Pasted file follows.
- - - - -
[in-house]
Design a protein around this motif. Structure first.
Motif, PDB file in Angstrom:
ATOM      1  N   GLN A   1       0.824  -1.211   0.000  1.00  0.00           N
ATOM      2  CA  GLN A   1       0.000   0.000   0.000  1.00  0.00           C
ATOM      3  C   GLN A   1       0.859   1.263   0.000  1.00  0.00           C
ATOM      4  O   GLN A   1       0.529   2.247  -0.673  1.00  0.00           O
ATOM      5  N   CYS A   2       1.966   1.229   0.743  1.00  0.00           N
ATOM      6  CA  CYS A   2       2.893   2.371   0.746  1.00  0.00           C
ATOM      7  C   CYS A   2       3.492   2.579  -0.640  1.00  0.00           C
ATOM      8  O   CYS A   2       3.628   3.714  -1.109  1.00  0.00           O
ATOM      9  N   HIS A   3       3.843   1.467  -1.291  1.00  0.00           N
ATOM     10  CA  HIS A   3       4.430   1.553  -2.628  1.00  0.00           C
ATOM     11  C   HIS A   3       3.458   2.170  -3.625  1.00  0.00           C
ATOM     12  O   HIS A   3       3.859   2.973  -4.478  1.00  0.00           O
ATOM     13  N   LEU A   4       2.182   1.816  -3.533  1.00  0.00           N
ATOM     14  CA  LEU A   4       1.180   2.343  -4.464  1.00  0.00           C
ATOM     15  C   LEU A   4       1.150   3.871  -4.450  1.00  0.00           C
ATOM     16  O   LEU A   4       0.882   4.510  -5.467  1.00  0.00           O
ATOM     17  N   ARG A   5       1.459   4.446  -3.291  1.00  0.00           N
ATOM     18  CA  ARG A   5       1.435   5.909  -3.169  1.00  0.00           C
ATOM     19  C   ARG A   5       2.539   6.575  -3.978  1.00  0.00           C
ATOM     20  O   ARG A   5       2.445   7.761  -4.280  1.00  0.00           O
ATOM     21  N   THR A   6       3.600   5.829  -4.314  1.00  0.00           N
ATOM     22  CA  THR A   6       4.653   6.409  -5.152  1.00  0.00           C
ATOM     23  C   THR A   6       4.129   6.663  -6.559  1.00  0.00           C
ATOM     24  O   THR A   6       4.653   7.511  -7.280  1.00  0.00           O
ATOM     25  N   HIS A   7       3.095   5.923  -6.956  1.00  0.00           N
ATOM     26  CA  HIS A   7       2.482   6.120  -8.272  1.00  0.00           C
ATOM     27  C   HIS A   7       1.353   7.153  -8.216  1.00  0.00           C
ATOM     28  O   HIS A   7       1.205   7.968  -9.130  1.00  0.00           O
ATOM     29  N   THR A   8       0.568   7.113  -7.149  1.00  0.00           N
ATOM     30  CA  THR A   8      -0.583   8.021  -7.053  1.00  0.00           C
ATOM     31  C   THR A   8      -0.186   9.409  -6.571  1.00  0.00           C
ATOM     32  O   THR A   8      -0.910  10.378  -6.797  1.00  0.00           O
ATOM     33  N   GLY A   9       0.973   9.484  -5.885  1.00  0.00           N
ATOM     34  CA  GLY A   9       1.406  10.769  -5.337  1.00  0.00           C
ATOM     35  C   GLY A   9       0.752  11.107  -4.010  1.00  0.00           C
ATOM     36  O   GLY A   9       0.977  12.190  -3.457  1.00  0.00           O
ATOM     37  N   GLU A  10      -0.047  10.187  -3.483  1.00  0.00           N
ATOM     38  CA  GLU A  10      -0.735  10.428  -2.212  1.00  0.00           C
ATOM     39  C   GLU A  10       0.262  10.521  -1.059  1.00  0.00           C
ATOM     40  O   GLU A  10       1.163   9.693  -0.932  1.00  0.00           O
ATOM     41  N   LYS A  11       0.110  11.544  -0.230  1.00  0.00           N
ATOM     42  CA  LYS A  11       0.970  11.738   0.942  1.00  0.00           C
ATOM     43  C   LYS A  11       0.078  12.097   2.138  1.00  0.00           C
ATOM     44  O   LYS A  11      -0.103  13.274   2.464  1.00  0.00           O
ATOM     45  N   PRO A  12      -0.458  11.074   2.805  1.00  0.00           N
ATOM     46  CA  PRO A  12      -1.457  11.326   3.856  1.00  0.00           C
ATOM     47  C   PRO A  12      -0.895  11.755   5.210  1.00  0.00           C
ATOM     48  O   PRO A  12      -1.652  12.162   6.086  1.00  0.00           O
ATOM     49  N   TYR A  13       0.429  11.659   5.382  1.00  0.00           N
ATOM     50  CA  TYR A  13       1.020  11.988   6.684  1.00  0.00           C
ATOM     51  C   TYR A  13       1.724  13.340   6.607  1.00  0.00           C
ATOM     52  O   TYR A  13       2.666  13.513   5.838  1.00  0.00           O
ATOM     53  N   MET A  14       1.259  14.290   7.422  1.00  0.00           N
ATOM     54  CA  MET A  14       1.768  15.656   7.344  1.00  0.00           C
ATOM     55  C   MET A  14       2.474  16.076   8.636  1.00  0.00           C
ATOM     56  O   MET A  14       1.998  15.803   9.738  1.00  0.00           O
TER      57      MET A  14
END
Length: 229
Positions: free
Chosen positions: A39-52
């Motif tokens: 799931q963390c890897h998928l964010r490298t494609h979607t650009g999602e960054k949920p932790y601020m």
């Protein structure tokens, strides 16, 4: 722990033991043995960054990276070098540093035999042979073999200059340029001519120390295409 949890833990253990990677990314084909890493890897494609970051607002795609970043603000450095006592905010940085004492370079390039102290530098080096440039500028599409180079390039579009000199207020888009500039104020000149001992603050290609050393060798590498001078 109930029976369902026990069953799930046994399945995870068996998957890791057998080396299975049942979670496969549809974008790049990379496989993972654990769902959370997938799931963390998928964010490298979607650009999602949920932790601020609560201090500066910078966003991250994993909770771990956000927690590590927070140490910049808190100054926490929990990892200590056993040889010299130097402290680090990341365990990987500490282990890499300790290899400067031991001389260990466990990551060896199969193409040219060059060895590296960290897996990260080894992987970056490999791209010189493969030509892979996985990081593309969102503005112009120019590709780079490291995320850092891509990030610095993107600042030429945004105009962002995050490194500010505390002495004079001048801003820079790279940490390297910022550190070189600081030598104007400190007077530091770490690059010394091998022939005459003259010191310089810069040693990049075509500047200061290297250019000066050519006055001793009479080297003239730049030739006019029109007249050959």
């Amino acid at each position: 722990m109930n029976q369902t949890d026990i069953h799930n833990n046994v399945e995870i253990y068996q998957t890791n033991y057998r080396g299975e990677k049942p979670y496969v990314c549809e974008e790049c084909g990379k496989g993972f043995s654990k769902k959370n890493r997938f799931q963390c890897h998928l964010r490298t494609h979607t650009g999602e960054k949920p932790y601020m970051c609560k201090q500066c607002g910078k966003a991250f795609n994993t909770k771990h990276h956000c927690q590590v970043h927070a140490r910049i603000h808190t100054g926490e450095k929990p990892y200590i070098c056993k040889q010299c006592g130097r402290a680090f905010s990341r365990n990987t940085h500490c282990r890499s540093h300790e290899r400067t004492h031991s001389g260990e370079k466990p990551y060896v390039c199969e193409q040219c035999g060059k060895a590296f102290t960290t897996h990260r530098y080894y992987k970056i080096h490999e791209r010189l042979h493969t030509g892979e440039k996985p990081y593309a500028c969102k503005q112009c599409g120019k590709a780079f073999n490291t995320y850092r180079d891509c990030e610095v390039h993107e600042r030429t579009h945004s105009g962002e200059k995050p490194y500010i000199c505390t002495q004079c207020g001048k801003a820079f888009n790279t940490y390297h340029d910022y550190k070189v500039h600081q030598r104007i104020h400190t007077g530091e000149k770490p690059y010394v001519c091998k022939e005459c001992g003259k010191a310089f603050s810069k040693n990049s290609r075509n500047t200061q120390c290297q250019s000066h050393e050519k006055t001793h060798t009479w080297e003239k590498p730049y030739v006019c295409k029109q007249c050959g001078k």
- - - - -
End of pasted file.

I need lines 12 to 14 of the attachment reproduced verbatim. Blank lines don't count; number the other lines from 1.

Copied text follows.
ATOM      9  N   HIS A   3       3.843   1.467  -1.291  1.00  0.00           N
ATOM     10  CA  HIS A   3       4.430   1.553  -2.628  1.00  0.00           C
ATOM     11  C   HIS A   3       3.458   2.170  -3.625  1.00  0.00           C